Cylinder and Prism

Glasses Prism

What does cylinder mean and what is prism


Often the refraction of the eye (cornea and lens together) is not equally strong in all directions. This is called astigmatism. The glass of the glasses must then correct more in one direction than in the other. One speaks – especially with contact lenses and implant lenses – of a toric lens; in practice, however, there is often talk of a cylinder component or simply cylinder. The glasses prescription indicates how strong the cylinder should be and in which direction the cylinder axis should point.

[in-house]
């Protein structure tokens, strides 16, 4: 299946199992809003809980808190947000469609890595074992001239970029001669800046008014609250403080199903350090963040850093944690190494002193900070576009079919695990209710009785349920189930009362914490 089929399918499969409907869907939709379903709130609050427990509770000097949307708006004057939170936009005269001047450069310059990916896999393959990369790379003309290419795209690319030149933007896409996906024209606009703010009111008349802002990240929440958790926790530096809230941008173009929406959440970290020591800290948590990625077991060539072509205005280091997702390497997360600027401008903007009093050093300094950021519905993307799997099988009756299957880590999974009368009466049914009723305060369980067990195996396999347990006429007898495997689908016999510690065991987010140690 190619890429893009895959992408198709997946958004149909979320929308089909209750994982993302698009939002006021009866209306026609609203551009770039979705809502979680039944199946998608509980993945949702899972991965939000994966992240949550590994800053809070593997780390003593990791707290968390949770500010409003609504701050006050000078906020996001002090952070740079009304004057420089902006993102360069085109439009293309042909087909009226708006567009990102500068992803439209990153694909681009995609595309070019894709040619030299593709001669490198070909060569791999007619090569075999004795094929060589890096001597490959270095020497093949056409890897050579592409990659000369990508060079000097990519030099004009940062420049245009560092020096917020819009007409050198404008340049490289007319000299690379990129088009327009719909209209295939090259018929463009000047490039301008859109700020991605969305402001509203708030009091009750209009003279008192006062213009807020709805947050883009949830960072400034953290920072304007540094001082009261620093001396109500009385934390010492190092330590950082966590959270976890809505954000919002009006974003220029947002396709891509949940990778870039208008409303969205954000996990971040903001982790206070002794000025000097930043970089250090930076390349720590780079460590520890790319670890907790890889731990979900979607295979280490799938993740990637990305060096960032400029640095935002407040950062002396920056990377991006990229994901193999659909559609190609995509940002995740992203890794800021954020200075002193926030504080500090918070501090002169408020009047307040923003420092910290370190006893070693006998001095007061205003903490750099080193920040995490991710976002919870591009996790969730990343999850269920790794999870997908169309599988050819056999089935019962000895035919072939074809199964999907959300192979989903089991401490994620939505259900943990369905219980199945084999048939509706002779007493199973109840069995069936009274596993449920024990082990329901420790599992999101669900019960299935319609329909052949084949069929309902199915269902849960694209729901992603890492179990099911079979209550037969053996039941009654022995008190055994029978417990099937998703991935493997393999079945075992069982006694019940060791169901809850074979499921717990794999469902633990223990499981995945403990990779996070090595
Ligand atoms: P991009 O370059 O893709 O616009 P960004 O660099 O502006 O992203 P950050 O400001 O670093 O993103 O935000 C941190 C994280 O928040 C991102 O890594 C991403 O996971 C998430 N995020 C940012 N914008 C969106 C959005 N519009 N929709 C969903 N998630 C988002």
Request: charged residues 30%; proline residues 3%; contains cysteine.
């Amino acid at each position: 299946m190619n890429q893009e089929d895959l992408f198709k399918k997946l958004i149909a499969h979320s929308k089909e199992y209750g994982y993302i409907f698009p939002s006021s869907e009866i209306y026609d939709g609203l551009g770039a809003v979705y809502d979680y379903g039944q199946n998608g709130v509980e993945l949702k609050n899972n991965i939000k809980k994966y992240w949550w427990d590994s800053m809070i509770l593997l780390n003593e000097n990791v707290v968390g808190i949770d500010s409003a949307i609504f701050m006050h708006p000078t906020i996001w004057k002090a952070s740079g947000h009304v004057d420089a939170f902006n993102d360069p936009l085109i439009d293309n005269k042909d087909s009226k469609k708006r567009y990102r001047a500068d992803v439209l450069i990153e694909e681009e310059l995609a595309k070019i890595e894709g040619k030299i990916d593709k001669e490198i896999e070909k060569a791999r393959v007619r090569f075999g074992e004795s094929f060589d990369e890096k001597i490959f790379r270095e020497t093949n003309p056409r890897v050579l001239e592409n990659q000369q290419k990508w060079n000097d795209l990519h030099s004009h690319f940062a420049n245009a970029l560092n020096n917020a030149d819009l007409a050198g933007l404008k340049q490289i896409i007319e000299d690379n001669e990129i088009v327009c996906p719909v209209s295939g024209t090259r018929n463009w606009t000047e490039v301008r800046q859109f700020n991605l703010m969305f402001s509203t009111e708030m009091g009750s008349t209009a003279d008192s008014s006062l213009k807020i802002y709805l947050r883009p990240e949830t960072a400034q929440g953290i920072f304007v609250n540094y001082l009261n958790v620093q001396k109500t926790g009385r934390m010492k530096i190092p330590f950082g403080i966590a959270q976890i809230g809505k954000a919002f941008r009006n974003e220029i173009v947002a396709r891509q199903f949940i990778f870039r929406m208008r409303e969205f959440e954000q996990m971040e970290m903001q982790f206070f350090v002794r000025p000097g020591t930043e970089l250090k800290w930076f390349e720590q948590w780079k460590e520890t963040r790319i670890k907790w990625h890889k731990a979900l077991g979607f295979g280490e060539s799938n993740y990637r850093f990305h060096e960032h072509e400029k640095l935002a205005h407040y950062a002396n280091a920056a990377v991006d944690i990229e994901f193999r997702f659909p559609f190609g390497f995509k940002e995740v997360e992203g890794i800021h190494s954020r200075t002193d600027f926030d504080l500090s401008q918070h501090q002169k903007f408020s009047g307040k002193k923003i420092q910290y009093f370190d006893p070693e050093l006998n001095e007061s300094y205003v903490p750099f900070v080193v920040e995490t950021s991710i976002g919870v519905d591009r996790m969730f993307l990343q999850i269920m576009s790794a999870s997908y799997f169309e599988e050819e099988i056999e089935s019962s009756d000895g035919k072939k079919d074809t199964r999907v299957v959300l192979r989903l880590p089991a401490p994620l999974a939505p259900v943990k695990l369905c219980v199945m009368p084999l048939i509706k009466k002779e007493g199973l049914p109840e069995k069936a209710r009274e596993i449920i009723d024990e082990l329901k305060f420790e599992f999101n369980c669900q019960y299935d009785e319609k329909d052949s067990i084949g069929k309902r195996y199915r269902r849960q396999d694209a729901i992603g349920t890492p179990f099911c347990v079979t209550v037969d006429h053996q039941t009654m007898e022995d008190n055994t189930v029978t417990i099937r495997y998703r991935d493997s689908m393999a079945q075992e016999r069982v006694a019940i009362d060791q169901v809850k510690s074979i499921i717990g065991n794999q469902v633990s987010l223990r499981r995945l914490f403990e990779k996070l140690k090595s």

When the eyes don’t work well together, a lot of effort has to be made to avoid double vision. This is called strabismus. If it is still possible, with difficulty, to make the eyes look in the same direction, the strabismus is latent; however, this can cause headaches and fatigue. The complaints can often be reduced by grinding a prism shape in the glasses. The bottom line is that the front and back surfaces of the lens are tilted slightly relative to each other. The beam of light is therefore bent slightly to the side. The squinting eye can then look relaxed while still seeing the correct image.